There was a well-written article in Wall Street Journal today about venture debt and its virtues. You can read the article summary here. You need subscription to read the complete article. Besides the fact that the article started with Retrevo, Pui-Wing did a good job of presenting different viewpoints about the venture debt from entrepreneurs, venture capital investors and venture lenders. Pui-Wing quoted VentureOne estimating $2 billion loaned to US venture-backed companies last year up from $434 million in 2002 (some of us might remember the bust). This is an incredible amount of debt financing secured by venture-backed companies. But before every entrepreneur and startup CEO starts flipping through yellow pages and call venture lenders (and there are plenty around), let meoffer a few words of advise:

  1. If you think venture debt is easy money, it probably is. If you think it is cheap money, think again. Yes, it seems attractive that you pay an interest rate in high-single digit to low double-digit with nominal warrant coverage, remember that there is a time bomb ticking (as opposed to venture financing that doesn't have a defined maturity). You not only pay the principal but a decent chunk in interest. Before you go crazy about venture debt, make sure you understand what you need this money for.  Understand what significant milestones will you achieve with this debt added to your financing such as revenue acceleration (that justifies the cost of capital), closing some significantdistribution deals etc. that will help you raise venture money later with significantly up valuation.  Just adding a couple of months to the runway without clear objectives is a recipe for trouble later.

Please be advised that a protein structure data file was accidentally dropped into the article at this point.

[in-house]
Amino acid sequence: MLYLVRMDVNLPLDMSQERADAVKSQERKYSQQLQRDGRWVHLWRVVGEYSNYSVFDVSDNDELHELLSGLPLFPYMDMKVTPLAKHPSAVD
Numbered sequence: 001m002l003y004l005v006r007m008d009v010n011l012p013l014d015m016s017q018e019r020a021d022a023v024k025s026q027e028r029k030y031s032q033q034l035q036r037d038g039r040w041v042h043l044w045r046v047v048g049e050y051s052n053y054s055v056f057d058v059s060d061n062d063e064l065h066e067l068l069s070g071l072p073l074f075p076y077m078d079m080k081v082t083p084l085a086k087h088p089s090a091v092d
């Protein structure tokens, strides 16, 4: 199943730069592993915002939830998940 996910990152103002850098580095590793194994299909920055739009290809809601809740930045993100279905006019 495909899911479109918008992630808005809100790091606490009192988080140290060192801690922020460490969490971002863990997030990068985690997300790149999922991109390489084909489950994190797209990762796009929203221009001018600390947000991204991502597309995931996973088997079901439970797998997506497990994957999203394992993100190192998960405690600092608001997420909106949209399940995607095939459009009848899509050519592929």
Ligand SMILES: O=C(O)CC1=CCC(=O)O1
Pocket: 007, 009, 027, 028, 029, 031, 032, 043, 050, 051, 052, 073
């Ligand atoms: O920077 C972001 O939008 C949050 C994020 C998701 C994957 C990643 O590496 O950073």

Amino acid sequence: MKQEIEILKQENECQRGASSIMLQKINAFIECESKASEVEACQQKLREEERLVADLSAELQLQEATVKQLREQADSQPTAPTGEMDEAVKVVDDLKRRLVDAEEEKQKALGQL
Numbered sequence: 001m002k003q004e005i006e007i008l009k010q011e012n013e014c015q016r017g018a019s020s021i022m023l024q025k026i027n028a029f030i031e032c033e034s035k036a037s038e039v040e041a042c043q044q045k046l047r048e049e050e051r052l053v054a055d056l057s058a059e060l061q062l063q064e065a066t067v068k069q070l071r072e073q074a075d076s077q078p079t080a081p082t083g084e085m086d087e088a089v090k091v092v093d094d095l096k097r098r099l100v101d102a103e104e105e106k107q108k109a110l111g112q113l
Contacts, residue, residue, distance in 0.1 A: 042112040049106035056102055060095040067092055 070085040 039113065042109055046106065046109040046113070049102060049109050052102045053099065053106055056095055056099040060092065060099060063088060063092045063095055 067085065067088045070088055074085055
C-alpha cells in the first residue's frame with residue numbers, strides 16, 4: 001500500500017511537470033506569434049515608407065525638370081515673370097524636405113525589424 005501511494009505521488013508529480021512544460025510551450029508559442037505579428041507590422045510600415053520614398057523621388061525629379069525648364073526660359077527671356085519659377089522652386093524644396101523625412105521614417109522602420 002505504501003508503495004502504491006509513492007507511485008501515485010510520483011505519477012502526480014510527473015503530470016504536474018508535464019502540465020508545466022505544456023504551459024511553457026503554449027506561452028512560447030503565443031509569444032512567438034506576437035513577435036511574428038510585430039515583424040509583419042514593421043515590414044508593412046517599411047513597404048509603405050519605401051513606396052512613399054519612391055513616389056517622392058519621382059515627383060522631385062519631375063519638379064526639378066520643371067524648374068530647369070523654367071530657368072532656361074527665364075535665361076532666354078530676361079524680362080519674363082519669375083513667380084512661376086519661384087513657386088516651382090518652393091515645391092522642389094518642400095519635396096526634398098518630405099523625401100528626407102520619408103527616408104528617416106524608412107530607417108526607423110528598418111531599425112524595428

2. Rest assured if the capital is available, you will want to spend it. It requires extreme restraint and fiscal control to spend the money according to your actual plan (and not over-spend because it's easily available). If profitable revenuedoesn't come in as expected and if the market conditions change, you will be left witha drag on your P&L that will whack you in the worst possible time. Add to this the control that the lender might have in calling a default and you will need some serious help.
  3. If you do decide to pursue the venture debt route, negotiate, negotiate, negotiate. This is a good time to raise venture debt. If you don't understand the nuts and bolts of this, get some professional help. Pay attention to interest rates, warrant coverage, collateral, default triggers, payment terms etc.

Good luck! BTW, if all you are looking for islaptops for your employees, check out retrevo laptop deals. Dell has a 12-month no-interest promotion running on XPS series laptops and desktops. This might be a better option that venture debt :-).

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